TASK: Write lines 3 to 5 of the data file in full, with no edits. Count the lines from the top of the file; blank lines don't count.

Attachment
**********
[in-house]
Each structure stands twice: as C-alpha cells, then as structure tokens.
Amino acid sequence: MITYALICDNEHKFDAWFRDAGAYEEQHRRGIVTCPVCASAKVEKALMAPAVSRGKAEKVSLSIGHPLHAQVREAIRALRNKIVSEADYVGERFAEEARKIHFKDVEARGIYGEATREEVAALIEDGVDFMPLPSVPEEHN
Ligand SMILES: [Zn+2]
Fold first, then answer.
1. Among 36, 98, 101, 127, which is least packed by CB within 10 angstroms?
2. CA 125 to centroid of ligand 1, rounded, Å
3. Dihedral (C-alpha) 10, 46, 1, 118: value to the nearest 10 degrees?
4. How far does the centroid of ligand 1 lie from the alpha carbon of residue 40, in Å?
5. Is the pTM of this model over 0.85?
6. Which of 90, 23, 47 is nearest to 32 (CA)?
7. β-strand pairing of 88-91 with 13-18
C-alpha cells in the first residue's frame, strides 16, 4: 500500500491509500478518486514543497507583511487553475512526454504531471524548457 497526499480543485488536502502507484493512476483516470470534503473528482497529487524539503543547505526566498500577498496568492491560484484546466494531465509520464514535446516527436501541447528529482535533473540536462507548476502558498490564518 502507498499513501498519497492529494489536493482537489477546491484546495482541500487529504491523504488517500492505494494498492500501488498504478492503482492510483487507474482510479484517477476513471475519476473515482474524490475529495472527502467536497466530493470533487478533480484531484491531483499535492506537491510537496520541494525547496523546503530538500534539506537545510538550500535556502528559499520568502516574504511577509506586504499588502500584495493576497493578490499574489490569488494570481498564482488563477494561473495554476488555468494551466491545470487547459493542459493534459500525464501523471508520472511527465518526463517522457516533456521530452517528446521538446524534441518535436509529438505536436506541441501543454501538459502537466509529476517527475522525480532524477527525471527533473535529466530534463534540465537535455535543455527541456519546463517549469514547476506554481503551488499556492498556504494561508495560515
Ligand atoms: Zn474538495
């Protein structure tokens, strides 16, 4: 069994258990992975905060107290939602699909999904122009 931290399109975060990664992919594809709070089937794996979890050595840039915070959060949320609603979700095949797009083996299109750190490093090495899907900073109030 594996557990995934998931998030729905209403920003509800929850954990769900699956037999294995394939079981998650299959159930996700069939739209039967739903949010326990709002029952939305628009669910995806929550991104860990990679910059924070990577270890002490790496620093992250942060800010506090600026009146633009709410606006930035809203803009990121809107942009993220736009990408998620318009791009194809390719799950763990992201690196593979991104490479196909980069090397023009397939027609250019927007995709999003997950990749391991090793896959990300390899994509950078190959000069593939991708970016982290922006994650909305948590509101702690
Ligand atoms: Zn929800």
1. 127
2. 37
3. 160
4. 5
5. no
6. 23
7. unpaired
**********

Amino acid sequence: MITYALICDNEHKFDAWFRDAGAYEEQHRRGIVTCPVCASAKVEKALMAPAVSRGKAEKVSLSIGHPLHAQVREAIRALRNKIVSEADYVGERFAEEARKIHFKDVEARGIYGEATREEVAALIEDGVDFMPLPSVPEEHN
Ligand SMILES: [Zn+2]
Fold first, then answer.